“We need to be creating filters to allow people to move items between intellectual properties or creating a baseline ruleset that encompasses, effectively, all types of item,” he says. “Think about a Marvel Universe, for instance. IUt would be fairly easy for a game designer to create a formula to allow Naruto and people from the Marvel Universe to interact. Martial arts, magical powers, can be encompassed within a ruleset. And so that’s just one of the many things that we’ll be working on in terms of interoperability – the ability to create a common rule set that allows people to create things from every intellectual property that they might love.”

Generative AI

Any company that wishes to try its hand in the highly competitive game engine business needs to hold a clear view of the kinds of games developers are going to be making in the next decade. Avalon is betting on large, social spaces, aka the metaverse.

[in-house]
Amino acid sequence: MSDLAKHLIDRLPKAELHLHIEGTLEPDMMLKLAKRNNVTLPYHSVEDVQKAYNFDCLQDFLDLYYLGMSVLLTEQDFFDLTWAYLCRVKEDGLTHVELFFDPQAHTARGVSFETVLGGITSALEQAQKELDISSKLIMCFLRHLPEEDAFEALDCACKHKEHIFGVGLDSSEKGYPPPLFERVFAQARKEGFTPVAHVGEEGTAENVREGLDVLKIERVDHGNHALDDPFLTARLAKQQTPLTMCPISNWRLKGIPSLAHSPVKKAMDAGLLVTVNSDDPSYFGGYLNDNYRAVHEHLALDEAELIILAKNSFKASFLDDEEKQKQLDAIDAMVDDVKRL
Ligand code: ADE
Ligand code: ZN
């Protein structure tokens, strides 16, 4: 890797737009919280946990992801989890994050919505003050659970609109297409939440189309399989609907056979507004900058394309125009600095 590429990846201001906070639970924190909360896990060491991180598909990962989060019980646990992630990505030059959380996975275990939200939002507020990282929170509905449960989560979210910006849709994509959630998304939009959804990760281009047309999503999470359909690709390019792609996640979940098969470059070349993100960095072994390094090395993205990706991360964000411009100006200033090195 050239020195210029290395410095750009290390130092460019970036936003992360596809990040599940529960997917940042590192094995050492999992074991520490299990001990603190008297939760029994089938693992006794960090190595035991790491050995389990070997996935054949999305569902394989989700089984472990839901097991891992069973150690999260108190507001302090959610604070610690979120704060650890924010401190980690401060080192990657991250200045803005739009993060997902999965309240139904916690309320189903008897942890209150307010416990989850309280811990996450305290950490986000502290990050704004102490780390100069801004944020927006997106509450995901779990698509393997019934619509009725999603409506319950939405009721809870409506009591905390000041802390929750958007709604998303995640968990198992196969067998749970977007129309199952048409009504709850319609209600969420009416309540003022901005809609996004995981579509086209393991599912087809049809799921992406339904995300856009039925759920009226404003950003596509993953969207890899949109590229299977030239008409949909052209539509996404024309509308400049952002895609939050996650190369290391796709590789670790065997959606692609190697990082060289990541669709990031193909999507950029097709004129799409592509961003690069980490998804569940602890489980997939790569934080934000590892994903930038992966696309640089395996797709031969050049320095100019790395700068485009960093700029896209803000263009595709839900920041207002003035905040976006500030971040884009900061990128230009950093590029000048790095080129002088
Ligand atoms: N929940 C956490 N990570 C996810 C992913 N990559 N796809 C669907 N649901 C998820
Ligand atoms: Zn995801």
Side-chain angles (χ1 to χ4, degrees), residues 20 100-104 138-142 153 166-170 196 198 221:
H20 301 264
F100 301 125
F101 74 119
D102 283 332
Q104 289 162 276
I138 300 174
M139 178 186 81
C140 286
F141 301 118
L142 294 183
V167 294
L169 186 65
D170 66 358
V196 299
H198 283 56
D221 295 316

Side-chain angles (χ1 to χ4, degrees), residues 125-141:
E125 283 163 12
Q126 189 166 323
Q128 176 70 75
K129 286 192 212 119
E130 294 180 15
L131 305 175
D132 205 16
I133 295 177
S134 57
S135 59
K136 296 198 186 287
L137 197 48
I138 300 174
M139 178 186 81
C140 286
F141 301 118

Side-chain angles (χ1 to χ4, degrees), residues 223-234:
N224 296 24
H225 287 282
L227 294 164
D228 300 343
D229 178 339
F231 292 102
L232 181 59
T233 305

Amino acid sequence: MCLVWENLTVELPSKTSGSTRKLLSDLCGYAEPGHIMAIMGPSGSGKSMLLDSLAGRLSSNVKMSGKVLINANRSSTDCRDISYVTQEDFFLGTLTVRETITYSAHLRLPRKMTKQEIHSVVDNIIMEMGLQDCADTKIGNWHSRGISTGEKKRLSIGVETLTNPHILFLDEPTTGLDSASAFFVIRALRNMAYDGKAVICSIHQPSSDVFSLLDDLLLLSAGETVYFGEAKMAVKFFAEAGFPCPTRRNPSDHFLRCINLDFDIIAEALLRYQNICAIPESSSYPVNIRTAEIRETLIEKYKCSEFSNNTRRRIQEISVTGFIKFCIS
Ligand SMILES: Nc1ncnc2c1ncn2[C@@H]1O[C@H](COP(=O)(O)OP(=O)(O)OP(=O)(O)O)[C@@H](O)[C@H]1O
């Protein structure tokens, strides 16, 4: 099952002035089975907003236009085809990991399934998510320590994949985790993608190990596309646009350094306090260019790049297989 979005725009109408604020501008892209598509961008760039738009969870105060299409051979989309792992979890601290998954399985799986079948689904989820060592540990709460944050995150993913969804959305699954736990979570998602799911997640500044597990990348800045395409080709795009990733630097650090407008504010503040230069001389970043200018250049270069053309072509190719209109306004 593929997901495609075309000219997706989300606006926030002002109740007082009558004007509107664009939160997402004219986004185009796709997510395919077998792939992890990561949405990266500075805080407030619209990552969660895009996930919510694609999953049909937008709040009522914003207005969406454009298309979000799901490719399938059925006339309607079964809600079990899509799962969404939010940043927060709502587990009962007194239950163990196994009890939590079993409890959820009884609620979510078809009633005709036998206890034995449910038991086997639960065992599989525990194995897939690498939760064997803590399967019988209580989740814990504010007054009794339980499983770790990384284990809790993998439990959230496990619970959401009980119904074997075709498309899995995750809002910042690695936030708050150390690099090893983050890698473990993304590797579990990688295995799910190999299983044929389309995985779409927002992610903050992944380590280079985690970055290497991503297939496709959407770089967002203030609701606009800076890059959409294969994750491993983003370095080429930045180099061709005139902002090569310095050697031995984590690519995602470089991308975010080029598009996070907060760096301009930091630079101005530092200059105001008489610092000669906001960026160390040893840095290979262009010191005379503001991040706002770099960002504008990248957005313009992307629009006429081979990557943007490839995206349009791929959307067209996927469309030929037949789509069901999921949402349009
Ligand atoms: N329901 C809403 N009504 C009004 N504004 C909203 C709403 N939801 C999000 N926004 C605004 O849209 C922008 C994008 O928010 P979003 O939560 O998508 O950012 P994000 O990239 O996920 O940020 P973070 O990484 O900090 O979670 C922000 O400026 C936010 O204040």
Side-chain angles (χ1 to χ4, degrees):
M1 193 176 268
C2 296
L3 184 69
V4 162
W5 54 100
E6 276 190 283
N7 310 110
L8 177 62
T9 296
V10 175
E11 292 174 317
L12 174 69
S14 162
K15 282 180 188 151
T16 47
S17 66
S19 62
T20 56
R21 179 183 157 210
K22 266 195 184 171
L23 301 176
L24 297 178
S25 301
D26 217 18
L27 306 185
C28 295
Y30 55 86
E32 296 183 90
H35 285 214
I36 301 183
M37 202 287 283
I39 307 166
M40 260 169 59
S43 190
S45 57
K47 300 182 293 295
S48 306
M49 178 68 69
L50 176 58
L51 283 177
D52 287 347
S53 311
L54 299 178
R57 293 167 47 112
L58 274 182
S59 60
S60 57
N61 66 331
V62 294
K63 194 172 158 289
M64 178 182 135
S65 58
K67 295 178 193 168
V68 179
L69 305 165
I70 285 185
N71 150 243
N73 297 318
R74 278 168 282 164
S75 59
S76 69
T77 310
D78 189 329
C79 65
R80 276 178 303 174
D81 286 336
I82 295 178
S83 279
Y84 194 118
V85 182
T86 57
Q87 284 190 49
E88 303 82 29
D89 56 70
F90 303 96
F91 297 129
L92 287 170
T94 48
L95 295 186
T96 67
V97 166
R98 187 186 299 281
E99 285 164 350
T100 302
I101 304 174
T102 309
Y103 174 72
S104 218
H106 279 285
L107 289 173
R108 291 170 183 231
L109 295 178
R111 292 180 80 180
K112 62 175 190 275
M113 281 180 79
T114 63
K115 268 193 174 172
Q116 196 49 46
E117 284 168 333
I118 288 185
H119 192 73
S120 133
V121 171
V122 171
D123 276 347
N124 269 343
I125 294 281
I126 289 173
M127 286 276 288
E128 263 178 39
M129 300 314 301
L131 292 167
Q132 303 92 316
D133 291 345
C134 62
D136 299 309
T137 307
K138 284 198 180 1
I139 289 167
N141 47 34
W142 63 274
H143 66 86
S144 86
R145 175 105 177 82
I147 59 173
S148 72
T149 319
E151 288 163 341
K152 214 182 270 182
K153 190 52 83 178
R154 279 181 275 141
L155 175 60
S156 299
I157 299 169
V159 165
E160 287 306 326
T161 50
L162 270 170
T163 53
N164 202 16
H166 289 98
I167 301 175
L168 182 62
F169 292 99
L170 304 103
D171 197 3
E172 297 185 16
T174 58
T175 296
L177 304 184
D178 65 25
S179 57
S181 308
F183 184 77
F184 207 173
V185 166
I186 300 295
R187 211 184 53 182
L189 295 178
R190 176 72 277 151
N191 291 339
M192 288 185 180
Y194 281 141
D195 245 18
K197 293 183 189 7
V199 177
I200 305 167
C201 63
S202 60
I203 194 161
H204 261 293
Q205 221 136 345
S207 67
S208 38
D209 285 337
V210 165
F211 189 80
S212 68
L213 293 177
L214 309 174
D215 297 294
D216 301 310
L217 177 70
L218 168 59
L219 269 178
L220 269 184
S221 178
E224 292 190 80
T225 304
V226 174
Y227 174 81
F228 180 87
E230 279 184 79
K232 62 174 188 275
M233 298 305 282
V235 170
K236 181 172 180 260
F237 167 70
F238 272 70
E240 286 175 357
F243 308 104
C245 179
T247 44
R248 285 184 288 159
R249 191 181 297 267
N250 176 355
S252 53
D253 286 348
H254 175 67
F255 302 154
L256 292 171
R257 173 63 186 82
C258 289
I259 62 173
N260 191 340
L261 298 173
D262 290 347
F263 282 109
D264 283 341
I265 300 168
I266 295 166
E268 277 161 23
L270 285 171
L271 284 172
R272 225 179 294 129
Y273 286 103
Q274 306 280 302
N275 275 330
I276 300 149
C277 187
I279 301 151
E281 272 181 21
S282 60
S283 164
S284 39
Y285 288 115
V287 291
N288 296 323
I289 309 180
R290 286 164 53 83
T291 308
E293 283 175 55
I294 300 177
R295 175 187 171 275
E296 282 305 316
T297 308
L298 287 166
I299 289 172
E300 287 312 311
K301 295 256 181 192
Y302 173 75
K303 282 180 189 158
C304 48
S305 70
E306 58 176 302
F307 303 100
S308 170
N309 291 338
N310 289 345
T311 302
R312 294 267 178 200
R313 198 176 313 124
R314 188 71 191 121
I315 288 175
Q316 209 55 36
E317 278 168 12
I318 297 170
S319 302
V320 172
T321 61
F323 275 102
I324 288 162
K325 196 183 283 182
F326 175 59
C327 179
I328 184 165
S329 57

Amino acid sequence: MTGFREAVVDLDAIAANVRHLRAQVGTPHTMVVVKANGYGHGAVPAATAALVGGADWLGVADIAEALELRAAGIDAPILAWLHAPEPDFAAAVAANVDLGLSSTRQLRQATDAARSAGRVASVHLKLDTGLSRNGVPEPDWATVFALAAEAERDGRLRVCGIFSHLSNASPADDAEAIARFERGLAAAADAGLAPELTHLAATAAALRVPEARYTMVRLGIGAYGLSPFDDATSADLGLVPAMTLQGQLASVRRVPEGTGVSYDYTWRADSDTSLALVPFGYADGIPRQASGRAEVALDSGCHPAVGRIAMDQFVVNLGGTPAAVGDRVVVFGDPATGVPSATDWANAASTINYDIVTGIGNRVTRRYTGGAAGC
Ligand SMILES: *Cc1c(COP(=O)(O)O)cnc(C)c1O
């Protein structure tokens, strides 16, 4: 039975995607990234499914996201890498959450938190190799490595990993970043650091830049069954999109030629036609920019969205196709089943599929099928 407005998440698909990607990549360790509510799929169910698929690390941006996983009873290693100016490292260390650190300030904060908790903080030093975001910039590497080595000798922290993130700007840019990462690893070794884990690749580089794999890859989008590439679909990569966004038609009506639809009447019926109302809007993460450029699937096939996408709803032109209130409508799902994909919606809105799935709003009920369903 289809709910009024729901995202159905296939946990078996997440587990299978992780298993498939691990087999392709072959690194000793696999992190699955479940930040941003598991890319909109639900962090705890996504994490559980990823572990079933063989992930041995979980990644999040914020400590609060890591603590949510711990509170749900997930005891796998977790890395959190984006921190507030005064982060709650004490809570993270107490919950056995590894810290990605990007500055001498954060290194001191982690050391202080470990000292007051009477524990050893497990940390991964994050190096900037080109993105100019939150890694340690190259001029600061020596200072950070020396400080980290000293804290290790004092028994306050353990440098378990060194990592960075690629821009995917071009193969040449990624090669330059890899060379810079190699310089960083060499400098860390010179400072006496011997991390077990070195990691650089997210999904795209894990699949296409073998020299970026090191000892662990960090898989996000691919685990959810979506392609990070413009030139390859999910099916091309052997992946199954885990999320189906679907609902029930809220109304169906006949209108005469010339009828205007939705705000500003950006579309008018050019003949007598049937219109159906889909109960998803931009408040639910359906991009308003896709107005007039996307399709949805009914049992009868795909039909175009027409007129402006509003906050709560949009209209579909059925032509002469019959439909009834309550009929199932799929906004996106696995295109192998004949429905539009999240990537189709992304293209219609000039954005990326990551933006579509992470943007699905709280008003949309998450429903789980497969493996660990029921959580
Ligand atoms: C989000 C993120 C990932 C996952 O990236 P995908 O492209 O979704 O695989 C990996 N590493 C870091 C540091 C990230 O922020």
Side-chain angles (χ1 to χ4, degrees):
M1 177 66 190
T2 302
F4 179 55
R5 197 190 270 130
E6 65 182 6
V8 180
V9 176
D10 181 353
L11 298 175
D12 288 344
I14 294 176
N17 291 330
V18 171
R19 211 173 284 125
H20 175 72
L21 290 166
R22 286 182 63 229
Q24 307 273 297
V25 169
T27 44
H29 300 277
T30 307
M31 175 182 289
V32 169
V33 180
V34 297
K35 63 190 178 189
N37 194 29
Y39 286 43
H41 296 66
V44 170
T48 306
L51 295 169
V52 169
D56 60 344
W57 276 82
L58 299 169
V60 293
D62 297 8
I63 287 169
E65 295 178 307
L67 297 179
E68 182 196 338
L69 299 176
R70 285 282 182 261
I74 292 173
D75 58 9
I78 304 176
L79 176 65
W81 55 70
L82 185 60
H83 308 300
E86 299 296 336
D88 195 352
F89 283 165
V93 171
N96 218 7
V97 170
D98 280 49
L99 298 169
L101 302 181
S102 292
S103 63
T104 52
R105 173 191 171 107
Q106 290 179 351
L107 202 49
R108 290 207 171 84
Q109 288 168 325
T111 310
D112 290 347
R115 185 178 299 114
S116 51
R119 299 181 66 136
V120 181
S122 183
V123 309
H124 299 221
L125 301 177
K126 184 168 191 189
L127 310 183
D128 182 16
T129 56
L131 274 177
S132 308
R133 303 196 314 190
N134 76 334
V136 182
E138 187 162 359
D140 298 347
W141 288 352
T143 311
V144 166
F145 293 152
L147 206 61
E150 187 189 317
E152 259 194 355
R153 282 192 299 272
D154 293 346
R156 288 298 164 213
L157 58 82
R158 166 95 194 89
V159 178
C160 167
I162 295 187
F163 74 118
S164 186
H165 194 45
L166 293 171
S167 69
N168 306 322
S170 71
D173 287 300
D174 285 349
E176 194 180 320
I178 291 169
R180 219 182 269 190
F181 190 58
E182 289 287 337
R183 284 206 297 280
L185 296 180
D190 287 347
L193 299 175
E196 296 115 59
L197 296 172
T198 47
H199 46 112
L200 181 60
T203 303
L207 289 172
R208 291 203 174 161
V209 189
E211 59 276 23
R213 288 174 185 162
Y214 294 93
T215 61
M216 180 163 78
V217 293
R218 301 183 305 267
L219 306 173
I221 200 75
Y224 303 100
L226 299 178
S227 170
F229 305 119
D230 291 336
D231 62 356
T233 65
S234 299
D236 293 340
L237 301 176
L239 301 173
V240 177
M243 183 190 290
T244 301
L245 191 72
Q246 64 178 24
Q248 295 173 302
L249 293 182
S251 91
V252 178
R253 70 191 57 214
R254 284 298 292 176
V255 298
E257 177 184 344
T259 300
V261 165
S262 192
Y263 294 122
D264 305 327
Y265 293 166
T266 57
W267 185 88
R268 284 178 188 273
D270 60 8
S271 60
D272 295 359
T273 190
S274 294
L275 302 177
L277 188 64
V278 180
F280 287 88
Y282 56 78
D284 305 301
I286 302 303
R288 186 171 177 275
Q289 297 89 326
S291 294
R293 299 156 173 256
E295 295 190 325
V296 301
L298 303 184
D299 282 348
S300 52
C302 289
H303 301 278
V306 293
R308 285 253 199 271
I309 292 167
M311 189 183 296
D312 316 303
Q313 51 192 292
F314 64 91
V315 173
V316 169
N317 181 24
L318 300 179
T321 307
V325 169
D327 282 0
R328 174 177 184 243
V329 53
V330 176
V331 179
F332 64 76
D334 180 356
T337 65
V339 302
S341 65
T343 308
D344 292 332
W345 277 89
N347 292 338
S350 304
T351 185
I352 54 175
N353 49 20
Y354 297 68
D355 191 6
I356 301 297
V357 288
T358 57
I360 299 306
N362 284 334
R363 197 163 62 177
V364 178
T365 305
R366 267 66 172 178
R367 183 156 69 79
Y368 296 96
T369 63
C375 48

“The game that I’d like to see lead the charge is the next generation of Final Fantasy 14 or World of Warcraft,- a massively multiplayer game with more powerful advanced AI,” says Butler. “A game that pushes the envelope with generative AI, where we’re seeing massive advances. A game that creates greater social connections than anything we’ve never been able to see before, with a new phase of content that involves users, authors, crowd sourced authorship and creation.”

He adds: The most important thing that needs to happen with massively multiplayer games and games in general, is to break the content lock that currently exists where it takes years to create new update content to continue to update again. It’s way past time for user generated content to make the entrance into these mainstream games, powered by generative AI.”

Avalon’s goal is to provide a key element that gets us from the present situation – a tangled mess of technological, market, and competitive challenges – to one more where a plausible resolution might be on the table.

“The metaverse is going to be a confluence of a partnership of those people working together,” says Pinnock. “Not just Web3, but lots of lots of technology verticals. We’re just putting one element of that into the mix.”

Colin Campbell

Colin Campbell has been reporting on the gaming industry for more than three decades, including for Polygon, IGN, The Guardian, Next Generation, and The Economist.